Employing nearly life-size portraits of my horses as a point of departure, my work explores not only my relationships with them, but also investigates a symbolic narrative for transitions we experience in life. The large-scale woodcut and drawing-based mixed media pieces speak of change, migration, turning inward as well as outward, and as a study of relationships with some of the animals in my life.
The image of the tundra swan has been a recurrent theme in my work for over a decade. Tundra swans migrate from Chesapeake Bay to the Arctic each spring, and can be faintly heard overhead as they fly as high as 20,000 feet above us. Their journey can be completed in about a week as they catch the jet stream’s strong wind currents. In the fall, they reverse the voyage. Their mysterious, millennia-old knowledge captivates me, and I find their courage and strength astounding and inspiring.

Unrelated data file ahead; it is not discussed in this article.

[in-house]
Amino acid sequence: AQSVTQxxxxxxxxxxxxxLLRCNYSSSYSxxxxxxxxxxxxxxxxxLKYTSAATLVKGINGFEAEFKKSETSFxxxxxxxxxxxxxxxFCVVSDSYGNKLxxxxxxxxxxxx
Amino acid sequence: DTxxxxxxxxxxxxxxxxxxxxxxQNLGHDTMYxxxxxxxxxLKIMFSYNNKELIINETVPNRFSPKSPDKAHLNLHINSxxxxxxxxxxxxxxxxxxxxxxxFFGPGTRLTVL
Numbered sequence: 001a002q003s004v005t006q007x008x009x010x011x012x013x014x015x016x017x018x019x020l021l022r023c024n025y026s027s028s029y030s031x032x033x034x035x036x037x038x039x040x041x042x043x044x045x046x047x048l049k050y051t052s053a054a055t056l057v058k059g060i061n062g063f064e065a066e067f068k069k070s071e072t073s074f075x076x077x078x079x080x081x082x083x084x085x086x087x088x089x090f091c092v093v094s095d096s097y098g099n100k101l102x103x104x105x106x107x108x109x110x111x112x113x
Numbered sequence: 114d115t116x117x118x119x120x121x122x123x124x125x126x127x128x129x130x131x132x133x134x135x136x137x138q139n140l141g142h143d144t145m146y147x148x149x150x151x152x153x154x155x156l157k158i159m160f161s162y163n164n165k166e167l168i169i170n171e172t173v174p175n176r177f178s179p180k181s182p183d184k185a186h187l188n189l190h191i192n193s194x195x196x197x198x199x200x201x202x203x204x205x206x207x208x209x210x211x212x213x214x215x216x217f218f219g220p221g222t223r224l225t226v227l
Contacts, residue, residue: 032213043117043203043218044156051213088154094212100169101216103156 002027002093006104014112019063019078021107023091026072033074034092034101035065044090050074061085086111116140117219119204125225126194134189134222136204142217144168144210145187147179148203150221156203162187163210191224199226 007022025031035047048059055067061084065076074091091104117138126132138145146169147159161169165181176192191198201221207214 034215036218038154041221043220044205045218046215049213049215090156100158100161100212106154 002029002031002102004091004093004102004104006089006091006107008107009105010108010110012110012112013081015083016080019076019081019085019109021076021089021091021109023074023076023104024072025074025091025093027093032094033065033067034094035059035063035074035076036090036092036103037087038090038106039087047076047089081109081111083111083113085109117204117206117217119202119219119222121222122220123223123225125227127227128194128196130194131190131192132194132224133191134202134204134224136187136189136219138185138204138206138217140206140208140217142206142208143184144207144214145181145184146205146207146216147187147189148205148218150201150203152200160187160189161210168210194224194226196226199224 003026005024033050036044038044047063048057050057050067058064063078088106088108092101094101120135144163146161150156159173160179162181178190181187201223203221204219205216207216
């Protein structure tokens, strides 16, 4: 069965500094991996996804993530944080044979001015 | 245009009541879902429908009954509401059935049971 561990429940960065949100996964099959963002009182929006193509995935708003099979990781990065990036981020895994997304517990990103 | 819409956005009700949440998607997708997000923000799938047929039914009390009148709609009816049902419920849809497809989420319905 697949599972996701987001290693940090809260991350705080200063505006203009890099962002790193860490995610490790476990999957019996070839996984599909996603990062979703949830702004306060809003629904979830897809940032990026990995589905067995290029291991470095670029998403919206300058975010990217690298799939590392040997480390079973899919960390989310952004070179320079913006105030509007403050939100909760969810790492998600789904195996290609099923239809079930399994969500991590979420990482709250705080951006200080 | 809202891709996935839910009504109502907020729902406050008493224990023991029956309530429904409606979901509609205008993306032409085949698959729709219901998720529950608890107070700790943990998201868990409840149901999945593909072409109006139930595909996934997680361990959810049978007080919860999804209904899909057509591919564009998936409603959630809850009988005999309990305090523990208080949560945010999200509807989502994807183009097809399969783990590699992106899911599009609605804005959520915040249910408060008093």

While I cannot always initially explain the metaphor of the image, the meaning and interpretation of my work eventually reveals itself to me. It is through working — in my studio, with my horses, dogs, and our other animals, and in the woods and on rivers and lakes — that I gain understanding of myself, and ultimately our human relationship to the increasingly threatened and fragile natural world.